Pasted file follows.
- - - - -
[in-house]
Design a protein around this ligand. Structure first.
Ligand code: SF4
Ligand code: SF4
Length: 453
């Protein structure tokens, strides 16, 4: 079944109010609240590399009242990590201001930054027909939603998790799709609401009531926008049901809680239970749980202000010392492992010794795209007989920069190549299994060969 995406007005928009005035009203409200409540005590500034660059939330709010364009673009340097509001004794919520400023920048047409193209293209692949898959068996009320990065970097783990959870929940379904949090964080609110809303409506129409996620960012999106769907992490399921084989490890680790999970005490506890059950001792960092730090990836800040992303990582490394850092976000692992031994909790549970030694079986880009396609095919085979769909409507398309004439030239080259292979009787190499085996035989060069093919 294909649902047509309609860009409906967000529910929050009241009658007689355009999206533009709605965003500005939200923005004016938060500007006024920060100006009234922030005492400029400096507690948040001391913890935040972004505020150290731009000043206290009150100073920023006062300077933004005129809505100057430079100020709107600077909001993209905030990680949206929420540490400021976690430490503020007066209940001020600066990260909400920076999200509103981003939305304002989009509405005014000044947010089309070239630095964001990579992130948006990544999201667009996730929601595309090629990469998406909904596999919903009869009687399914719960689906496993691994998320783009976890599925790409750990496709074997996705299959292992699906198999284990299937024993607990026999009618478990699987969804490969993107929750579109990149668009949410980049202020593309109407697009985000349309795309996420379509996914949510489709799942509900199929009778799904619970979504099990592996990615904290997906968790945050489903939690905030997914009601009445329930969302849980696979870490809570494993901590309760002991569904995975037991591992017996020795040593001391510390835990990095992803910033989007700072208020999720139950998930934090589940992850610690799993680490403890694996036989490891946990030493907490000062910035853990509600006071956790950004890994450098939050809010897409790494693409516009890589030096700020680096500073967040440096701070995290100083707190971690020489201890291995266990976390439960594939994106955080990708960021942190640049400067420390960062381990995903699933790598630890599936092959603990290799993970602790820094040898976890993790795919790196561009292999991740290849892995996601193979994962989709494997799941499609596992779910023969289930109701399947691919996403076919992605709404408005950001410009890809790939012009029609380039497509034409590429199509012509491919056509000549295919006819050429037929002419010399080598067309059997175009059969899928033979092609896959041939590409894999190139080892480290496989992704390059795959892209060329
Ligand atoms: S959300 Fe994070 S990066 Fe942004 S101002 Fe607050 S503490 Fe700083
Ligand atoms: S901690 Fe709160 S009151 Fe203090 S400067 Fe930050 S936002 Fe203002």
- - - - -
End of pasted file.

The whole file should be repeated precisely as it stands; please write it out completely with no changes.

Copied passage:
[in-house]
Design a protein around this ligand. Structure first.
Ligand code: SF4
Ligand code: SF4
Length: 453
């Protein structure tokens, strides 16, 4: 079944109010609240590399009242990590201001930054027909939603998790799709609401009531926008049901809680239970749980202000010392492992010794795209007989920069190549299994060969 995406007005928009005035009203409200409540005590500034660059939330709010364009673009340097509001004794919520400023920048047409193209293209692949898959068996009320990065970097783990959870929940379904949090964080609110809303409506129409996620960012999106769907992490399921084989490890680790999970005490506890059950001792960092730090990836800040992303990582490394850092976000692992031994909790549970030694079986880009396609095919085979769909409507398309004439030239080259292979009787190499085996035989060069093919 294909649902047509309609860009409906967000529910929050009241009658007689355009999206533009709605965003500005939200923005004016938060500007006024920060100006009234922030005492400029400096507690948040001391913890935040972004505020150290731009000043206290009150100073920023006062300077933004005129809505100057430079100020709107600077909001993209905030990680949206929420540490400021976690430490503020007066209940001020600066990260909400920076999200509103981003939305304002989009509405005014000044947010089309070239630095964001990579992130948006990544999201667009996730929601595309090629990469998406909904596999919903009869009687399914719960689906496993691994998320783009976890599925790409750990496709074997996705299959292992699906198999284990299937024993607990026999009618478990699987969804490969993107929750579109990149668009949410980049202020593309109407697009985000349309795309996420379509996914949510489709799942509900199929009778799904619970979504099990592996990615904290997906968790945050489903939690905030997914009601009445329930969302849980696979870490809570494993901590309760002991569904995975037991591992017996020795040593001391510390835990990095992803910033989007700072208020999720139950998930934090589940992850610690799993680490403890694996036989490891946990030493907490000062910035853990509600006071956790950004890994450098939050809010897409790494693409516009890589030096700020680096500073967040440096701070995290100083707190971690020489201890291995266990976390439960594939994106955080990708960021942190640049400067420390960062381990995903699933790598630890599936092959603990290799993970602790820094040898976890993790795919790196561009292999991740290849892995996601193979994962989709494997799941499609596992779910023969289930109701399947691919996403076919992605709404408005950001410009890809790939012009029609380039497509034409590429199509012509491919056509000549295919006819050429037929002419010399080598067309059997175009059969899928033979092609896959041939590409894999190139080892480290496989992704390059795959892209060329
Ligand atoms: S959300 Fe994070 S990066 Fe942004 S101002 Fe607050 S503490 Fe700083
Ligand atoms: S901690 Fe709160 S009151 Fe203090 S400067 Fe930050 S936002 Fe203002």